What are the implications for teaching and learning?
Put into practice with an understanding of their beneﬁts and limitations, blogs are an increasingly accepted instructional technology tool. Blogs can be used for reﬂection about classes, careers, or current events; they can also capture and disseminate studentand faculty-generated content. RSS feeds make blog content accessible through newsreaders, allowing bloggers to increase the sharing of this information among interested individuals. Blogs offer students, faculty, staff, and others a high level of autonomy while creating a new opportunity for interaction with peers. Blogs provide a forum for discussion that goes beyond coursework to include culture, politics, and other areas of personal exploration. Students often learn as much from each other as from instructors or textbooks, and blogs offer another mechanism for peer-to-peer knowledge sharing and acquisition.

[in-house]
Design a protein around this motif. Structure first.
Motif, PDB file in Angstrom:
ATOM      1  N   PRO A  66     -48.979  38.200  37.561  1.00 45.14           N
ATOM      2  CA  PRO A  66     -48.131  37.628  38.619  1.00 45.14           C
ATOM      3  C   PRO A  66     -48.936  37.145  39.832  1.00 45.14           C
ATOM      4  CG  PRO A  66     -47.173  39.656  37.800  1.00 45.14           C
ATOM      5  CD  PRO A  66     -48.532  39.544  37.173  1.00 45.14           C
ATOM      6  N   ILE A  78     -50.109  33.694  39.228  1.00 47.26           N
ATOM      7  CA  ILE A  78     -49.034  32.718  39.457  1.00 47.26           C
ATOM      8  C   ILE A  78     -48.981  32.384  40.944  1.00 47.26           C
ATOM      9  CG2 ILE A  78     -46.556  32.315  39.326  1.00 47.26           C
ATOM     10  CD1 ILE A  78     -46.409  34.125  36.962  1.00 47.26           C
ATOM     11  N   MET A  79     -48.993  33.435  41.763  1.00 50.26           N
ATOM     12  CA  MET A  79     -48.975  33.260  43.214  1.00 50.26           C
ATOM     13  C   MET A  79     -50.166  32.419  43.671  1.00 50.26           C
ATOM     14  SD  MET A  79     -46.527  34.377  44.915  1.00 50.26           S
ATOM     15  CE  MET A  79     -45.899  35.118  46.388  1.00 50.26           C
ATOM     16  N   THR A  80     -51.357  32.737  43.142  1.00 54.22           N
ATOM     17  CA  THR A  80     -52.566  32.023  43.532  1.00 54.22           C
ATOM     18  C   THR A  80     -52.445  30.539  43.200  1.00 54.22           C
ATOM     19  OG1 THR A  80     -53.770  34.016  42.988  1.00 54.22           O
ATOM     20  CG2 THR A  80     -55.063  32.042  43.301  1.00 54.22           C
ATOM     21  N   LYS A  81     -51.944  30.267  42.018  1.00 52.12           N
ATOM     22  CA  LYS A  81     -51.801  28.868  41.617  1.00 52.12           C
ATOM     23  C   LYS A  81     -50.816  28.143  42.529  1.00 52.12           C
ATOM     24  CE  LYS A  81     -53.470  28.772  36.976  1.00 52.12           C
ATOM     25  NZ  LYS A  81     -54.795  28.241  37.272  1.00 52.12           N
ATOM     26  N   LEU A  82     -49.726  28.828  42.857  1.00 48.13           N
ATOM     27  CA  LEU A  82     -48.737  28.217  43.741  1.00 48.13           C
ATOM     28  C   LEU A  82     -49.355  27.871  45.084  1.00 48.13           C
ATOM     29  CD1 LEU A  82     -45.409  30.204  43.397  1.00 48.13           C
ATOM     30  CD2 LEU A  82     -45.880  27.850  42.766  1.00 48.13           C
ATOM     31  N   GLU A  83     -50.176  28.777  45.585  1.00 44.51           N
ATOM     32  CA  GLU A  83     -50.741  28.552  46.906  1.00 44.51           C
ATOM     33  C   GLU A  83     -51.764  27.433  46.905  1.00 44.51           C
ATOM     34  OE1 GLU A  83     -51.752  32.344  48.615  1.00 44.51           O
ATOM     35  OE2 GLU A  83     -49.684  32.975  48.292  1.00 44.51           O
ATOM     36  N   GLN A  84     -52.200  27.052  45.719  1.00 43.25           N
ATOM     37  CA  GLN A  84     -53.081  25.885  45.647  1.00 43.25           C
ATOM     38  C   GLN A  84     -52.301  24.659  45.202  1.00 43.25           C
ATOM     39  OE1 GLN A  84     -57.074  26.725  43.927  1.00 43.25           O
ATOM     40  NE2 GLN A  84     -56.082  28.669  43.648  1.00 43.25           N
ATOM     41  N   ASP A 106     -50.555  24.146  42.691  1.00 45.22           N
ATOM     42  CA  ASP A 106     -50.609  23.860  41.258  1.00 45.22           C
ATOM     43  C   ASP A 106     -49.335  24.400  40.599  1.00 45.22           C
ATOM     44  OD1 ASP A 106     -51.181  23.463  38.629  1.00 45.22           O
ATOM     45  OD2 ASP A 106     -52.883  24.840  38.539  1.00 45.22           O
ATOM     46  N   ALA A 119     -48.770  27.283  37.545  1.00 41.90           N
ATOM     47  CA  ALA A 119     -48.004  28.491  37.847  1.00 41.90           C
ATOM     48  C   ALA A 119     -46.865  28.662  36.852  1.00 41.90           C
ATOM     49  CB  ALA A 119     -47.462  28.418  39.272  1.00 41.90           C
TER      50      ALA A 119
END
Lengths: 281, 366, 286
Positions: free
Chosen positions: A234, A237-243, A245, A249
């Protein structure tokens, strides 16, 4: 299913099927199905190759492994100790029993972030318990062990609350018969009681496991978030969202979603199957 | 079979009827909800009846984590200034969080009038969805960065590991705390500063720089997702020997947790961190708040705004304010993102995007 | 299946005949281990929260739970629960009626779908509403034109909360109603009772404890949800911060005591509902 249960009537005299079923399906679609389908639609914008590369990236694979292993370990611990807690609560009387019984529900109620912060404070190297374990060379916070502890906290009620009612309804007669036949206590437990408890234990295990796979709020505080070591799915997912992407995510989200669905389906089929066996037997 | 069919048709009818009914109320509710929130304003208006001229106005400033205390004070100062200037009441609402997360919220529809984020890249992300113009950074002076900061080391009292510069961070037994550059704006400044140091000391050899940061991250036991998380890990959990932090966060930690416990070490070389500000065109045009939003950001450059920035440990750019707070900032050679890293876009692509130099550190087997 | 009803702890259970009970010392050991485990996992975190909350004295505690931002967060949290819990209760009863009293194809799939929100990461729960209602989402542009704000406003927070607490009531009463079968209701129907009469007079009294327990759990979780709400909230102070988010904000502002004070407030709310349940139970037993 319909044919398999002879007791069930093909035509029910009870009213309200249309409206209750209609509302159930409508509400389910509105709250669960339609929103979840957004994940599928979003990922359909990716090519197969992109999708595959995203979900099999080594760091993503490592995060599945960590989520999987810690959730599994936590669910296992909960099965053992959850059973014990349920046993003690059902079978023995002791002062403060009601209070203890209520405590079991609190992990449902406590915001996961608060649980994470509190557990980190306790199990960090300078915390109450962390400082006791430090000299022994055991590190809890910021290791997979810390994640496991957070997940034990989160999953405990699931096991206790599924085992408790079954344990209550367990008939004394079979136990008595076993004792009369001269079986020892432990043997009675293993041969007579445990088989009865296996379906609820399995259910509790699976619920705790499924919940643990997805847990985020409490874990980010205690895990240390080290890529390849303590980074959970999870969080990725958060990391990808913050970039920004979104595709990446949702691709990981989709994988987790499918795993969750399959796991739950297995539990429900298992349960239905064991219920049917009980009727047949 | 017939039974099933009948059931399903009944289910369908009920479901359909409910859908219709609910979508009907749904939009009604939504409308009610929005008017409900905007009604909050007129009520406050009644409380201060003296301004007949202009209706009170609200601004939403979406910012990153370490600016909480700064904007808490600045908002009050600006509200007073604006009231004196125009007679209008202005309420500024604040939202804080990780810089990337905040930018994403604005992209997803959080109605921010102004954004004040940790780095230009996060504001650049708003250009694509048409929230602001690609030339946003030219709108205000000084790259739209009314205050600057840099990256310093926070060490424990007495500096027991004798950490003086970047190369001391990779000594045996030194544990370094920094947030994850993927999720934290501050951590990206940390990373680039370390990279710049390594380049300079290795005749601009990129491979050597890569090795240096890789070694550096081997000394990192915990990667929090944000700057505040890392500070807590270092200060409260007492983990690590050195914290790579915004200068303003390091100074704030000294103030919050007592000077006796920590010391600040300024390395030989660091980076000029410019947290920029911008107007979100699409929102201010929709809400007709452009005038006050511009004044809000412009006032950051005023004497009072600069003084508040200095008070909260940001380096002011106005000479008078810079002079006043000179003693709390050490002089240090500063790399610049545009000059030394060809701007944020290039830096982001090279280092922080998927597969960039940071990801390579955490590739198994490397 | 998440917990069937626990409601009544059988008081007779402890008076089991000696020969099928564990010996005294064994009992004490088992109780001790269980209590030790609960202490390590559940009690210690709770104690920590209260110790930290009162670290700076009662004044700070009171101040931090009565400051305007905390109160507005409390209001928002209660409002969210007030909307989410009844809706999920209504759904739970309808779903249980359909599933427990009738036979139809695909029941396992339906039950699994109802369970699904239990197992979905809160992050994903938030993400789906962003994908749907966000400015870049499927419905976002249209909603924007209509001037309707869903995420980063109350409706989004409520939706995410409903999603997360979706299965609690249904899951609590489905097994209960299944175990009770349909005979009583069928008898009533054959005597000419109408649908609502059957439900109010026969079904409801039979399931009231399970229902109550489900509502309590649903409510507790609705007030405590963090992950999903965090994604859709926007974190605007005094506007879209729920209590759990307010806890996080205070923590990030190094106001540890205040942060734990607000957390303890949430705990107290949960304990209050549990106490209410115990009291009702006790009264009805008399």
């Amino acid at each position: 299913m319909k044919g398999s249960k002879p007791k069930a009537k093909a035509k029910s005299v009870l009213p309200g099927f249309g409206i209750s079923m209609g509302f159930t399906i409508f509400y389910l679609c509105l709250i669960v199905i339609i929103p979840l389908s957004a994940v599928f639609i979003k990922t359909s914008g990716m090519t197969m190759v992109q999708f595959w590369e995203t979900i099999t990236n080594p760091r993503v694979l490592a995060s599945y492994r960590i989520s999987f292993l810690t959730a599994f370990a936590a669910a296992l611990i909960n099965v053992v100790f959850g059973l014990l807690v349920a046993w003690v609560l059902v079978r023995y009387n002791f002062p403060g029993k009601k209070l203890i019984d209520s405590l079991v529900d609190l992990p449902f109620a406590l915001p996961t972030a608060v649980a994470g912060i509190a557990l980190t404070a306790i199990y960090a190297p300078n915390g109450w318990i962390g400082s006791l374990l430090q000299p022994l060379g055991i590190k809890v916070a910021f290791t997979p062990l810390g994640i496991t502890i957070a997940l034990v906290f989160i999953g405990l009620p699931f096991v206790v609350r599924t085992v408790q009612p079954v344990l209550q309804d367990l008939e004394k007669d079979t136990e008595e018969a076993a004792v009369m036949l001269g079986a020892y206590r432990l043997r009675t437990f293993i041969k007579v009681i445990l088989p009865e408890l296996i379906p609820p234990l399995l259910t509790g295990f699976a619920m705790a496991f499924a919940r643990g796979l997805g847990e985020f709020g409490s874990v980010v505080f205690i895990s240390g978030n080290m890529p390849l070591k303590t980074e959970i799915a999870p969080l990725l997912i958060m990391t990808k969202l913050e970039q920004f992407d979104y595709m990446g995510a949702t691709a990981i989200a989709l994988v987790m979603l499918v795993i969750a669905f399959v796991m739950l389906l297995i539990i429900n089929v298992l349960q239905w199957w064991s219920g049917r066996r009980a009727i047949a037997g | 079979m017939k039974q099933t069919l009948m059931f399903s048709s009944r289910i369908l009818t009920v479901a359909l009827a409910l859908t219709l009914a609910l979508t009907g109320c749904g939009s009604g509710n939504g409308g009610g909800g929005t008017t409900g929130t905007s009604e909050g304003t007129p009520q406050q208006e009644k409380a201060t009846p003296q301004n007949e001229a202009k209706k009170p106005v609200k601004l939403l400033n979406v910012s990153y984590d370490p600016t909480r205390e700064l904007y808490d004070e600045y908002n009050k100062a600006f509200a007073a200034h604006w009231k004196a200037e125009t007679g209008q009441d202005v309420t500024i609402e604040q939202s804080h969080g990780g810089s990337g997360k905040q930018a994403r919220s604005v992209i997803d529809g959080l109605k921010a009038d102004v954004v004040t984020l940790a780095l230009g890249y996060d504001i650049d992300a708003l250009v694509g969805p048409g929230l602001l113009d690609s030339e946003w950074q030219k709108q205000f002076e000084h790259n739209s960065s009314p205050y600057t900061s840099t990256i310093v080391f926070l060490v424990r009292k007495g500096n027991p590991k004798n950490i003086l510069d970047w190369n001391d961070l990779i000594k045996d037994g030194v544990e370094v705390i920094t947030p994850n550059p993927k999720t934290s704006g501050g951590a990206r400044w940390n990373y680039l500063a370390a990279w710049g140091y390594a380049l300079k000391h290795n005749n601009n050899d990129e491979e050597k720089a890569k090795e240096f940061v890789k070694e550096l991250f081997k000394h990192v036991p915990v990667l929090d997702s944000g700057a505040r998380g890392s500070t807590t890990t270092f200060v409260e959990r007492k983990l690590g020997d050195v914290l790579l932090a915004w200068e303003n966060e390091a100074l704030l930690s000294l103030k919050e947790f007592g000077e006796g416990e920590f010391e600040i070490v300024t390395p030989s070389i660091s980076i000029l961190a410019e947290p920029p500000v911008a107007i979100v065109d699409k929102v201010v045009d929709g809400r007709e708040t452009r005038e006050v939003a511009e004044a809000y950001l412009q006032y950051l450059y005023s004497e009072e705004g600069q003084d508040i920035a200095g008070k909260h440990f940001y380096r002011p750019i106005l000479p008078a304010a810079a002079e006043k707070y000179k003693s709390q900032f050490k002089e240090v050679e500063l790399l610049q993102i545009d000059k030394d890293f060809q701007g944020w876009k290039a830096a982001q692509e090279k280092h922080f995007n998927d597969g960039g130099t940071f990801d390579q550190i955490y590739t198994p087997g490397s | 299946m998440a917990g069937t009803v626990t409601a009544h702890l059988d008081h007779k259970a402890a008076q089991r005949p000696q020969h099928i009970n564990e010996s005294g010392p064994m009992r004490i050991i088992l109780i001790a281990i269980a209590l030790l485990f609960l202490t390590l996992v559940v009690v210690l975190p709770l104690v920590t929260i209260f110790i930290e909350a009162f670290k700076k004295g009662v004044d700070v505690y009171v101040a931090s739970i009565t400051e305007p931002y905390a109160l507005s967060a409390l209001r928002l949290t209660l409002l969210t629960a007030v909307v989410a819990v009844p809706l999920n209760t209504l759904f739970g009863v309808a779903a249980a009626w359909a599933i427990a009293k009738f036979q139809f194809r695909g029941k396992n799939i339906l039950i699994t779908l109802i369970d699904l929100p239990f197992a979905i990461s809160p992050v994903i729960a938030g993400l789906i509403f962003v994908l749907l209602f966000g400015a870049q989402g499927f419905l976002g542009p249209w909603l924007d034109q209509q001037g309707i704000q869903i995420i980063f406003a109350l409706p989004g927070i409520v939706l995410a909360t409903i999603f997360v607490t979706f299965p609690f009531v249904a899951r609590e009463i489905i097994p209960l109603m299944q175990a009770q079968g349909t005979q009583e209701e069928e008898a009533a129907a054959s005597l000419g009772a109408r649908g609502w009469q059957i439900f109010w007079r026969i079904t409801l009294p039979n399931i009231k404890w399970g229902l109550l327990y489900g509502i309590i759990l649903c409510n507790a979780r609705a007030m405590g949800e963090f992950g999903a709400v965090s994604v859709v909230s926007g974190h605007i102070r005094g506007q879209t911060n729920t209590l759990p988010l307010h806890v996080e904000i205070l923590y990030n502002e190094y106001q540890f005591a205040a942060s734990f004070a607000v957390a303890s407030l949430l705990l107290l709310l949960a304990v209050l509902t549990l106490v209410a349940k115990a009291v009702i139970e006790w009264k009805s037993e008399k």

Because blogs are often produced and maintained by individuals, they can include biased or inaccurate information. Users visiting a blog might see it as factual or authoritative when, in fact, it is the online equivalent of a soap box: a place to speak and to be heard. Unlike chat rooms, blogs are unmediated and therefore offer a different type of venue for individuals to express themselves and air their opinions, ideas, and attitudes. While this may be acceptable for a personal blog, it might be inappropriate for a blog hosted on an institutional server. Intellectual property is another area of concern for higher education, given the implications of hosting blogs that might include content that has been used without proper attribution. Blogs are also highly volatile. Bloggers can edit or delete posts, and this transient nature can make blogs difﬁcult to archive or index. In addition, the time-limited relationship of students to
What are the downsides?